It was in the year King Uzziah died that I saw the Lord. He was sitting on a lofty throne, and the train of his robe filled the Temple. Attending him were mighty seraphim, each having six wings. With two wings they covered their faces, with two they covered their feet, and with two they flew. They were calling out to each other, “Holy, holy, holy is the Lord of Heaven’s Armies! The whole earth is filled with his glory!” Their voices shook the Temple to its foundations, and the entire building was filled with smoke. Then I said, “It’s all over! I am doomed, for I am a sinful man. I have filthy lips, and I live among a people with filthy lips. Yet I have seen the King, the Lord of Heaven’s Armies.” Then one of the seraphim flew to me with a burning coal he had taken from the altar with a pair of tongs. He touched my lips with it and said, “See, this coal has touched your lips. Now your guilt is removed, and your sins are forgiven.” Then I heard the Lord asking, “Whom should I send as a messenger to this people? Who will go for us?” I said, “Here I am. Send me.” (Isaiah 6:1-8 NLT)
We learn from Isaiah that seeing the “Holy, holy, holy” LORD is perilous. “It’s all over! I am doomed…” When you look up the Hebrew word for Isaiah’s condition, you find the following definition: to cease, cut off, destroy, perish and undone. Yeah, that sounds pretty perilous, if not, in fact, lethal. And this was just a vision. Here’s what the LORD said to Moses, and that may have been what Isaiah was thinking:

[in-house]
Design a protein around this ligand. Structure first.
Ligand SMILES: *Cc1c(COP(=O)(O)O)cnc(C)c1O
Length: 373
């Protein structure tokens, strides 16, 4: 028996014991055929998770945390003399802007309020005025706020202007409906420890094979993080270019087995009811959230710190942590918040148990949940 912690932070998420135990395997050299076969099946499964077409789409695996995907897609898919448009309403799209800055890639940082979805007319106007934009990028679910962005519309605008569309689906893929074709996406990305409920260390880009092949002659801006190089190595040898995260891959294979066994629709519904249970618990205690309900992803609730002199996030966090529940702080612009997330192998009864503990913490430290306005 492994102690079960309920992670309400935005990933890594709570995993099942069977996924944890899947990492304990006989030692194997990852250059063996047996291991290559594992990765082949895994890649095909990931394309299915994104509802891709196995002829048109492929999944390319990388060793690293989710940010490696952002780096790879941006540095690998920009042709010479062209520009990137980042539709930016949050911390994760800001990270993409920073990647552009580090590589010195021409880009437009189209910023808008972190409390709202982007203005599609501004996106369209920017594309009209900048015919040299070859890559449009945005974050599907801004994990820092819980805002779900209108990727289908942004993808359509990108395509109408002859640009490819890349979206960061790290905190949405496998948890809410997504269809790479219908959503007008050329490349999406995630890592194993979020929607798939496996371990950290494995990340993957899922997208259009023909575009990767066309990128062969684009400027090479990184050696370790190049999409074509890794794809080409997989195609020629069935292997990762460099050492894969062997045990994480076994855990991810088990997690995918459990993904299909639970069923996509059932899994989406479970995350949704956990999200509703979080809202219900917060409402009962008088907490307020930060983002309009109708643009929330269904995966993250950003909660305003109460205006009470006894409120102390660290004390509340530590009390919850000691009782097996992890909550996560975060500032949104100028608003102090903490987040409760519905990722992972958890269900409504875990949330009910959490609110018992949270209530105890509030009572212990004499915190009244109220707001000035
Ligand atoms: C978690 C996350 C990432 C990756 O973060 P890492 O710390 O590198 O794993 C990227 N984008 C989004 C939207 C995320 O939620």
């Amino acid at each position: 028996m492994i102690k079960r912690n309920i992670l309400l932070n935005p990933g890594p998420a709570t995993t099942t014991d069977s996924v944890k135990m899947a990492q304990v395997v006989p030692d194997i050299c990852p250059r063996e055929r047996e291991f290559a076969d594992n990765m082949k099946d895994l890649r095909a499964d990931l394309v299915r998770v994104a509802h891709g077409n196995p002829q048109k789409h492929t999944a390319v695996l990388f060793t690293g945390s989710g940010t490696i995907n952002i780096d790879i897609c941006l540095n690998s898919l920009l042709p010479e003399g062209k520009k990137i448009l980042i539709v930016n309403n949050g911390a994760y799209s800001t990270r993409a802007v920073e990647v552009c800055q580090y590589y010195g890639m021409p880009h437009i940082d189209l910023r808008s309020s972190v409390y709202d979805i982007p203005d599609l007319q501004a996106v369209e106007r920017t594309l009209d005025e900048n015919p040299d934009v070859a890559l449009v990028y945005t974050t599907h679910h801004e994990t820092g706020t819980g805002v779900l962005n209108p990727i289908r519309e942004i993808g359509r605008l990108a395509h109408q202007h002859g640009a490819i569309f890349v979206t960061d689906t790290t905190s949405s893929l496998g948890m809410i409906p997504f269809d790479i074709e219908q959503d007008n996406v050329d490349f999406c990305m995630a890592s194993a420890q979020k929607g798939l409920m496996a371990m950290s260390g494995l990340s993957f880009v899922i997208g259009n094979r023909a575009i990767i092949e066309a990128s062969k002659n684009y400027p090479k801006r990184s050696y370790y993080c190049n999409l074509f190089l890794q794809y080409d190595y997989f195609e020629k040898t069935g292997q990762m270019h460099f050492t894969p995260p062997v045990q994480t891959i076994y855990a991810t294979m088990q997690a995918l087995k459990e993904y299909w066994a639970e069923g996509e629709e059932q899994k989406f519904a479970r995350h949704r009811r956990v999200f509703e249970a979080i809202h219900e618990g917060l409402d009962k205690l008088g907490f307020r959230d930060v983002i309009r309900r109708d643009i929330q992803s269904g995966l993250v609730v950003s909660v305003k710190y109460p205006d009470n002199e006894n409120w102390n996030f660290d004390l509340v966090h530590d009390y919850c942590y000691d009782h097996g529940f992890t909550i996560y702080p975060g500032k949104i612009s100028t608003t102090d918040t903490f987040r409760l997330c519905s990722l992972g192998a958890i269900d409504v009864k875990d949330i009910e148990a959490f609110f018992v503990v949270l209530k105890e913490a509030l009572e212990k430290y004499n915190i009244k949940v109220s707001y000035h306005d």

And the Lord said to Moses, “This very thing that you have spoken I will do, for you have found favor in my sight, and I know you by name.” Moses said, “Please show me your glory.” And he said, “I will make all my goodness pass before you and will proclaim before you my name ‘The Lord.’ And I will be gracious to whom I will be gracious, and will show mercy on whom I will show mercy. But,” he said, “you cannot see my face, for man shall not see me and live.” (Exodus 33:17-20 ESV)
Isaiah knew he had no justification to stand before the Lord: “It’s all over! I am doomed, for I am a sinful man. I have filthy lips, and I live among a people with filthy lips.” He was a sinner, and he lived with a bunch of sinners. I wonder if the apostle Paul was thinking of this passage when he wrote: Do not be deceived: “Bad Company ruins good morals.” (1 Corinthians 15:33 ESV)
I suppose Isaiah could’ve fled, but how do you flee a vision? Yet he admitted his condition, and he had seen the LORD of Heaven’s Armies. After his confession, a seraphim — which I’m sure was a scary enough creature — took a burning coal from the altar and touched his lips. The result? “Your guilt is removed, and your sins are forgiven.” Then comes a call followed by Isaiah’s act of obedience.
What could have been perilous became a purpose, and resulted in a ministry that touches lives still today. Have you ever walked away from, or maybe even fled from, a decision or situation that the LORD wanted you to face? Wanted you to endure? That particular call may be lost, but like Isaiah, you can have your guilt removed and your sins forgiven. And then in these uncertain and perhaps perilous times, you too will be obedient, answer His call and stand for Christ. I can do everything through Christ, who gives me strength. (Philippians 4:13 NLT)
Read last week’s blog, Dealing with Trauma – Dethroned